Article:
I may have dreamed this - and I wasn't able to find the article so I'm really not sure - but I swear I read something about Vespucci's real name not being Amerigo and that he had changed it to associate himself with a local name for something in the new world. And then this guy discussed in this post used it to refer to the whole new world. Anyone else seen a story like this?
posted by double bubble at 5:01 PM on July 4, 2010


I haven't, but a statue of the guy I saw in Florence called him "Amerigo". Granted, this may have been some recently sculpted creation to give tourists one more thing to photograph themselves in front of.
posted by Marisa Stole the Precious Thing at 5:03 PM on July 4, 2010


Thanks for that. Since childhood I've been puzzled by the fact that everyone knows the name Amerigo Vespucci, but no one knows just who the hell he really was.

Interestingly, the wikipedia article on the Waldseemuller map doesn't once mention Matthias Ringmann. Time for some editing, it seems.
posted by zardoz at 5:07 PM on July 4, 2010


I learned in school that Amerigo was an Italian map maker who decided to stick his name on the place. You would think these textbook writers could put at least a bit of effort into what they're doing.
posted by amethysts at 5:18 PM on July 4, 2010


I always thought America was the lost name of the God of Abraham, Isaac and Jacob, once spoken only by the high priest in the temple. This is why the country is called the United States of America, not the United States within America, because we have dedicated this country to God.
posted by humanfont at 5:36 PM on July 4, 2010


I say we rename North America and South America to America and Columbia, to remove confusion. Just remember that Colombia is in Columbia and America is in America. Which reminds me, enough of this "United States" stuff; we already know about the basic structure, so let's just stick to "America". As I have just mentioned.

There. It's settled. Glad I could clear that up.
posted by grubi at 7:10 PM on July 4, 2010


And Cabot sailed before Vespucci!
And Lucia sailed before Cabot!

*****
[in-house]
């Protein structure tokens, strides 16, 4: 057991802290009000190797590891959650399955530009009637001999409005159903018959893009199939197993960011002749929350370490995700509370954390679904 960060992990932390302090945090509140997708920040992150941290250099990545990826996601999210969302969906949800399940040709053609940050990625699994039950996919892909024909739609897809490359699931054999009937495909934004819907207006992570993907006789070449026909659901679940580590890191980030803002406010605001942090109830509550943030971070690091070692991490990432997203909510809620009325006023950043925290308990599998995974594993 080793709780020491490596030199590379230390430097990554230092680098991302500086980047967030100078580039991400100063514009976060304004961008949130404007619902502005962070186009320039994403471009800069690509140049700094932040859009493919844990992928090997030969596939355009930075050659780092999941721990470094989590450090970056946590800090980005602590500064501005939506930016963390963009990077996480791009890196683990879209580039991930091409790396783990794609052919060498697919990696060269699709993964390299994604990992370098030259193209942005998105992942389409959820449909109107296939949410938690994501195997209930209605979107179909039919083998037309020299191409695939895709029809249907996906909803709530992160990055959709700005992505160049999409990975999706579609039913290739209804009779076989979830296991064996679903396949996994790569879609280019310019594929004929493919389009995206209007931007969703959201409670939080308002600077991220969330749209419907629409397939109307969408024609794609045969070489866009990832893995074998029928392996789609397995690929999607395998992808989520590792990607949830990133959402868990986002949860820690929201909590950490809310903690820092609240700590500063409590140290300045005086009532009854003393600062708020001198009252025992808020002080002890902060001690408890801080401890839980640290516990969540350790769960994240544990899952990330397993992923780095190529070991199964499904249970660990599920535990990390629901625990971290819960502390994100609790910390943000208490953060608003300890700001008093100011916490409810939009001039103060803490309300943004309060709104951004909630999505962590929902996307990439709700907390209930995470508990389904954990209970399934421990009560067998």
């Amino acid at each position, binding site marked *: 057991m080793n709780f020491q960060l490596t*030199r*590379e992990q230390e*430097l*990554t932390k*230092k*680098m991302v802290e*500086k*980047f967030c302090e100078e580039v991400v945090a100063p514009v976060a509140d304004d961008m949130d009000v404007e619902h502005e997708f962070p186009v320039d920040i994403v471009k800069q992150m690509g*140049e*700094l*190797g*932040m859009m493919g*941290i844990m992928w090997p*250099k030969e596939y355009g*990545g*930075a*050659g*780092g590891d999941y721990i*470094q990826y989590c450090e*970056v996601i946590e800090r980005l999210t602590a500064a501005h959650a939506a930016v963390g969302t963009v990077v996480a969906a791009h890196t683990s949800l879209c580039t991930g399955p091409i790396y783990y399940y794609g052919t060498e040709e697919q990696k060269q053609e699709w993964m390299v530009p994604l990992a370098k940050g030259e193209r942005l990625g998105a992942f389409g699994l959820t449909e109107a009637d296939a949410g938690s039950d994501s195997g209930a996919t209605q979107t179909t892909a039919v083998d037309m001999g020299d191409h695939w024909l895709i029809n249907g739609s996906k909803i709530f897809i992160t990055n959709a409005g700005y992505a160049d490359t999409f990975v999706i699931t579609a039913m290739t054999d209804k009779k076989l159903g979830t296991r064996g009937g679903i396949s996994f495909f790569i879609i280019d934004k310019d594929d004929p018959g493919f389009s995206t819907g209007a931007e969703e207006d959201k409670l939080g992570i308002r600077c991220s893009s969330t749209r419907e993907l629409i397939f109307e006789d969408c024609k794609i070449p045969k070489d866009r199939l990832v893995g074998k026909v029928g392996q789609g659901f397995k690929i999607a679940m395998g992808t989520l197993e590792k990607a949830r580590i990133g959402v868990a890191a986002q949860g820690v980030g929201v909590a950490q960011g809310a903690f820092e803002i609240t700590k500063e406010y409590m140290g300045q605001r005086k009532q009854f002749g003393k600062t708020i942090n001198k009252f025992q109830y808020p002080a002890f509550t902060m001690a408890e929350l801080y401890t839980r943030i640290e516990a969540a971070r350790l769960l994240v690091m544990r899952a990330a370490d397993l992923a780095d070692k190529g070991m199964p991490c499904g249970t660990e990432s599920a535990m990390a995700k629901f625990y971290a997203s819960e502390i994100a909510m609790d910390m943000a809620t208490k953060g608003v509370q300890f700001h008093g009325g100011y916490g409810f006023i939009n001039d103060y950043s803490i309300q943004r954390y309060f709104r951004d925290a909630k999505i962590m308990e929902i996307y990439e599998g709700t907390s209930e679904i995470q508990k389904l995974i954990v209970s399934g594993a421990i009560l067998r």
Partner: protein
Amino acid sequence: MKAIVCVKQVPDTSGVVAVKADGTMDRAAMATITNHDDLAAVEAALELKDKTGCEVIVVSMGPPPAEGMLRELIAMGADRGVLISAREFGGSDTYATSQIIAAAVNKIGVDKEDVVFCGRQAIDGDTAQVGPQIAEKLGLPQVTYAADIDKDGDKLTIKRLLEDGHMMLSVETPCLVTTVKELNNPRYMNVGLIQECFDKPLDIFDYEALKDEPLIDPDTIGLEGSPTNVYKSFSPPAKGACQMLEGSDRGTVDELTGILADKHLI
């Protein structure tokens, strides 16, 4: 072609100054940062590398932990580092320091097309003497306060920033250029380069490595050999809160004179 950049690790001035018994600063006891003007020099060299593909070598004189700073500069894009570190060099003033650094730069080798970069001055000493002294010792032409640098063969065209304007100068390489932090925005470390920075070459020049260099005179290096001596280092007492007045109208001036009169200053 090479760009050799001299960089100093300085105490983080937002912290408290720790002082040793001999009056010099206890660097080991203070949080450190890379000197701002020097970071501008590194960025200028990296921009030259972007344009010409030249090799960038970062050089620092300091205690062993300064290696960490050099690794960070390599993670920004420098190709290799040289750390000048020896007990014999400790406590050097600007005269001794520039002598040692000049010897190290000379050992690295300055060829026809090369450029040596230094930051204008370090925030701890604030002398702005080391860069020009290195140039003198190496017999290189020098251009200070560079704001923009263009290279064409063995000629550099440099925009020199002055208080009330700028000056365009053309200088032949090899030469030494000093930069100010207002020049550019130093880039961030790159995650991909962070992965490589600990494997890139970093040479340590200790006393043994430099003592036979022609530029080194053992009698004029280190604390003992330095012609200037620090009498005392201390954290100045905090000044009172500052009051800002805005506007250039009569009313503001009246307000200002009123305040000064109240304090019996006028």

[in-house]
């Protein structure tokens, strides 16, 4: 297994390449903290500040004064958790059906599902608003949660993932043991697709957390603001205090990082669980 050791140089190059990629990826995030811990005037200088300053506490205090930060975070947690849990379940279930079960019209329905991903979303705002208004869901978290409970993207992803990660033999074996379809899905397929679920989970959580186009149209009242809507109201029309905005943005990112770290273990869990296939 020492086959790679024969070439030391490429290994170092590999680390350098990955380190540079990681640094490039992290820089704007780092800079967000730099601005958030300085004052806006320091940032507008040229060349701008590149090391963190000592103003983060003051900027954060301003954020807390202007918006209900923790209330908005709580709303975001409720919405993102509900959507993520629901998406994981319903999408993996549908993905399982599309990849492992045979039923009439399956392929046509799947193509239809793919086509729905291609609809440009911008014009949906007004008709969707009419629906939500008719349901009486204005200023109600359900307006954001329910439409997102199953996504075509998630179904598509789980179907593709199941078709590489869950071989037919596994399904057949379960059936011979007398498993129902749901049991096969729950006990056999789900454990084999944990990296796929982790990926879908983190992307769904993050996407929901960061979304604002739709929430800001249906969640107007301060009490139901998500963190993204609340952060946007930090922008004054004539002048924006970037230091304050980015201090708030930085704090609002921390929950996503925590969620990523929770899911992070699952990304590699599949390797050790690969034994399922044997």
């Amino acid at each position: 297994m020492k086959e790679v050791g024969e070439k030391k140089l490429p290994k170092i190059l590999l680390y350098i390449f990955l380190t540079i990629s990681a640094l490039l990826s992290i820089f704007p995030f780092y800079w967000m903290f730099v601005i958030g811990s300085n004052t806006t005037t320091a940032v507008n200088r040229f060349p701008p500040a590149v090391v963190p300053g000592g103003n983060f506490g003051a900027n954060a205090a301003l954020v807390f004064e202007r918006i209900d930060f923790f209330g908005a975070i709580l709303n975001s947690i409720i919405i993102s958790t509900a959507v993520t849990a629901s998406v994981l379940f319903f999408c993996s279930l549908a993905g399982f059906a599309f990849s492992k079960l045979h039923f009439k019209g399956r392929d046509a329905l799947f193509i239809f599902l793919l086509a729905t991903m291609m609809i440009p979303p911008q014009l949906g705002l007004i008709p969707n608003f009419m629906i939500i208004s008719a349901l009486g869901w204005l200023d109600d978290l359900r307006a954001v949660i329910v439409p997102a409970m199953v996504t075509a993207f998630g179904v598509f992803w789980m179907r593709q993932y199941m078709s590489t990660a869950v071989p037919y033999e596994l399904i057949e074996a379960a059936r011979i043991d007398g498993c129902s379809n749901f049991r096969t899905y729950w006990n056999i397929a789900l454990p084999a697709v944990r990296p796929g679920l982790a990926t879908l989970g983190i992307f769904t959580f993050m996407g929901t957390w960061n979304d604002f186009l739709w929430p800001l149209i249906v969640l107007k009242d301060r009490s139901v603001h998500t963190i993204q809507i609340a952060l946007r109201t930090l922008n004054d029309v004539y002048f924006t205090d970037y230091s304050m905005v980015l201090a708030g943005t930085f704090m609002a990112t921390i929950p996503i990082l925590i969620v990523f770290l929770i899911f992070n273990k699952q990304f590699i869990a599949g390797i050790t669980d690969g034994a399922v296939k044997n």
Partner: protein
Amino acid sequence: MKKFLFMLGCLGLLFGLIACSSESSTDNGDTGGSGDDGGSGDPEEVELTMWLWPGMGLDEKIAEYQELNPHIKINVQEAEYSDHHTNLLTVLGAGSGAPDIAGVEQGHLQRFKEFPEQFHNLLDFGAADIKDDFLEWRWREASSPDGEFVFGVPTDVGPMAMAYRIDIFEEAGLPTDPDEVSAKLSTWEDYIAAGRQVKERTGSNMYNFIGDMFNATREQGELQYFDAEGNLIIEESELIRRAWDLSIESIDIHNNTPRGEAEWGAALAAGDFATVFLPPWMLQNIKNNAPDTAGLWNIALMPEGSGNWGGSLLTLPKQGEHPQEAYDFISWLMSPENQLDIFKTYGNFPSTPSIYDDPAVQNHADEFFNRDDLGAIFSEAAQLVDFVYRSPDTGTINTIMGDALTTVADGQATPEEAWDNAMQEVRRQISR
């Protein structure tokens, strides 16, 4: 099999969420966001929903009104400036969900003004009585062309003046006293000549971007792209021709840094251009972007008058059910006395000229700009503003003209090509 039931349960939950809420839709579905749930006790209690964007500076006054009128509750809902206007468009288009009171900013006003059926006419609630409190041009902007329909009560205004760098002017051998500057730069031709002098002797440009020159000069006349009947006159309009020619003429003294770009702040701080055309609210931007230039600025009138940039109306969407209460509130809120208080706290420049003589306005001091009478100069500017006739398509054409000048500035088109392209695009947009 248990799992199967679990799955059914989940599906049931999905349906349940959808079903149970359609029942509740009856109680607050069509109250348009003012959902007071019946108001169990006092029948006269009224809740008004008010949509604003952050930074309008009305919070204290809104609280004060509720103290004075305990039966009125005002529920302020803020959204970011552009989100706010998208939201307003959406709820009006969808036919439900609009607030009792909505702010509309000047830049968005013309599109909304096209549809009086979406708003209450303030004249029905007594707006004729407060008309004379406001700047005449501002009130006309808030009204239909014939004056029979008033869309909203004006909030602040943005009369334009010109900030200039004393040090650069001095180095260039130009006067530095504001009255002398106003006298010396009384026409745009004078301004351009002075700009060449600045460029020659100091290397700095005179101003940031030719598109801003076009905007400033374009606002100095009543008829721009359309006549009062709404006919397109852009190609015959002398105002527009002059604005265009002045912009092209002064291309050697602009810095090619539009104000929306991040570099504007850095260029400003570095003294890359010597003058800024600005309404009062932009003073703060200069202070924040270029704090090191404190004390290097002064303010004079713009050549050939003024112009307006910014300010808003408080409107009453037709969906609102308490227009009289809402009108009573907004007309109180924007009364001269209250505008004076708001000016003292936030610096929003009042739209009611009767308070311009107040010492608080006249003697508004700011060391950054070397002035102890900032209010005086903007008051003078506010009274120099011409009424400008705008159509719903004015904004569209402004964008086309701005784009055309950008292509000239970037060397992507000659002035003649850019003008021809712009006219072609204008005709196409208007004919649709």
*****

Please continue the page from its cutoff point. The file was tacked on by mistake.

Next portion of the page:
posted by unliteral at 9:23 PM on July 4, 2010


From the article:
Virgil had prophesied the existence of a vast southern land across the ocean to the west, destined to be ruled by Rome.

Does anyone know what the author is referring to?
I guess the Roman Empire never died.
posted by slickvaguely at 10:03 PM on July 4, 2010


America, which Ringmann and Waldseemüller printed in block letters across what today we would call Brazil.

America is the continent of the future, and always will be?
posted by dhartung at 10:37 PM on July 4, 2010


haven't, but a statue of the guy I saw in Florence called him "Amerigo". Granted, this may have been some recently sculpted creation to give tourists one more thing to photograph themselves in front of.

Vespucci was born in the Republic of Florence but there is nothing to prove he was born in Florence, itself. In particular, the town of Montefioralle lays claim to being his home.
posted by vacapinta at 1:52 AM on July 5, 2010


Also, as my obviously-biased-Portuguese-wife always says: "So how many times did you see the word 'Portuguese' in that article? And do they get any credit? No, it's always the blowhards they ferried around on their ships."
posted by vacapinta at 1:56 AM on July 5, 2010 [1 favorite]


I wish America was Welsh. Only because it would completely screw with Pat Sajak's head and make Vanna White dance like a dervish.
posted by srboisvert at 2:03 AM on July 5, 2010


God bless Vespucciland!
posted by Spatch at 3:59 AM on July 5, 2010


God bless Vespucciland!

Now we can make tortillas!

(We've been waiting hundreds of years for this.)
posted by grubi at 6:38 AM on July 5, 2010


I thought it was named after Eric the Red, because after he sailed across the Atlantic the poorly-educated vikings used to write on their maps 'Am Eric 'ere'
posted by Phanx at 8:00 AM on July 5, 2010


FUN EGOFACT BROUGHT TO YOU BY LIZA:
one of my last names is CABOT :)
posted by liza at 8:20 AM on July 5, 2010


From the article:
Virgil had prophesied the existence of a vast southern land across the ocean to the west, destined to be ruled by Rome.

Does anyone know what the author is referring to?
I guess the Roman Empire never died.


I was thinking of Latium from the Aeneid, but most people who read the Aeneid know that it was written to give Rome a back-story like Greece had, so the land in the West was Rome itself.
posted by Demogorgon at 9:00 AM on July 5, 2010


I'll buy a w, Pat.
posted by condour75 at 10:33 AM on July 5, 2010


Then there's the theory that it was named for Nicaraguan aborigines. (Amerrique Mountains? Get it?)
posted by IndigoJones at 11:15 AM on July 5, 2010


IndigoJ - I think the article you linked to has some of the ideas that I remember from whatever it was I read. Thanks! Can't wait to read in full when I'm not about to fall asleep sitting up.
posted by double bubble at 8:35 PM on July 5, 2010


Virgil had prophesied the existence of a vast southern land across the ocean to the west, destined to be ruled by Rome...

I guess the Roman Empire never died.

And that's why they call it Latin America.
posted by lagado at 5:35 AM on July 6, 2010 [1 favorite]


I thought it was named after Eric the Red, because after he sailed across the Atlantic the poorly-educated vikings used to write on their maps 'Am Eric 'ere'

Leif Ericson shouts 'FIRST' in the internet thread that is America. SON of Eric the Red. Viking Pride!
posted by FatherDagon at 7:21 AM on July 7, 2010